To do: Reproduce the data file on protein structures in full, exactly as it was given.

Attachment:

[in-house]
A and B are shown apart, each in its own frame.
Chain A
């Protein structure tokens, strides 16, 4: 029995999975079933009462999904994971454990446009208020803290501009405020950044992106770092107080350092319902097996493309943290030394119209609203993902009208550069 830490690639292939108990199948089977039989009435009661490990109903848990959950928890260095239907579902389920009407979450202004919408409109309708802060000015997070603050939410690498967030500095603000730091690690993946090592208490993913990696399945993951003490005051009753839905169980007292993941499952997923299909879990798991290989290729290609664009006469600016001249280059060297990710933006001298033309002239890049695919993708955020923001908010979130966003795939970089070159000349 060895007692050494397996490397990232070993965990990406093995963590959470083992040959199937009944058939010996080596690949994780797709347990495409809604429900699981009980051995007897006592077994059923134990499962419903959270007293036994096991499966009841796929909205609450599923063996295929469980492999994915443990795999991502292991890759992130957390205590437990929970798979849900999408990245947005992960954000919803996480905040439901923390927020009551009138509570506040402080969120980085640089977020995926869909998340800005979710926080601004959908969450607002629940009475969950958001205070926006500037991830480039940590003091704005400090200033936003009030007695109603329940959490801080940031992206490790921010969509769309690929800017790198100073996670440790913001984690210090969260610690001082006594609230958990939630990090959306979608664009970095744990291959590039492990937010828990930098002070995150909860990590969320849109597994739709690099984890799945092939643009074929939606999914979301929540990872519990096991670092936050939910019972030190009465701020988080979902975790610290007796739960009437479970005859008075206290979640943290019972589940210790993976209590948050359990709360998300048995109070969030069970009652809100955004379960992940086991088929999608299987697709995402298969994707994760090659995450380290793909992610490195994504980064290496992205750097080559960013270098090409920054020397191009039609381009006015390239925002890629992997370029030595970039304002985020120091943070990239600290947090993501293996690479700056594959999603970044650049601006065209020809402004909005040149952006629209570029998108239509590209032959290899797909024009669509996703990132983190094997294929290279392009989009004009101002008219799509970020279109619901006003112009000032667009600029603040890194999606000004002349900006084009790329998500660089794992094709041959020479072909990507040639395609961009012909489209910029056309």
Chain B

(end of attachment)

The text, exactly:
[in-house]
A and B are shown apart, each in its own frame.
Chain A
């Protein structure tokens, strides 16, 4: 029995999975079933009462999904994971454990446009208020803290501009405020950044992106770092107080350092319902097996493309943290030394119209609203993902009208550069 830490690639292939108990199948089977039989009435009661490990109903848990959950928890260095239907579902389920009407979450202004919408409109309708802060000015997070603050939410690498967030500095603000730091690690993946090592208490993913990696399945993951003490005051009753839905169980007292993941499952997923299909879990798991290989290729290609664009006469600016001249280059060297990710933006001298033309002239890049695919993708955020923001908010979130966003795939970089070159000349 060895007692050494397996490397990232070993965990990406093995963590959470083992040959199937009944058939010996080596690949994780797709347990495409809604429900699981009980051995007897006592077994059923134990499962419903959270007293036994096991499966009841796929909205609450599923063996295929469980492999994915443990795999991502292991890759992130957390205590437990929970798979849900999408990245947005992960954000919803996480905040439901923390927020009551009138509570506040402080969120980085640089977020995926869909998340800005979710926080601004959908969450607002629940009475969950958001205070926006500037991830480039940590003091704005400090200033936003009030007695109603329940959490801080940031992206490790921010969509769309690929800017790198100073996670440790913001984690210090969260610690001082006594609230958990939630990090959306979608664009970095744990291959590039492990937010828990930098002070995150909860990590969320849109597994739709690099984890799945092939643009074929939606999914979301929540990872519990096991670092936050939910019972030190009465701020988080979902975790610290007796739960009437479970005859008075206290979640943290019972589940210790993976209590948050359990709360998300048995109070969030069970009652809100955004379960992940086991088929999608299987697709995402298969994707994760090659995450380290793909992610490195994504980064290496992205750097080559960013270098090409920054020397191009039609381009006015390239925002890629992997370029030595970039304002985020120091943070990239600290947090993501293996690479700056594959999603970044650049601006065209020809402004909005040149952006629209570029998108239509590209032959290899797909024009669509996703990132983190094997294929290279392009989009004009101002008219799509970020279109619901006003112009000032667009600029603040890194999606000004002349900006084009790329998500660089794992094709041959020479072909990507040639395609961009012909489209910029056309």
Chain B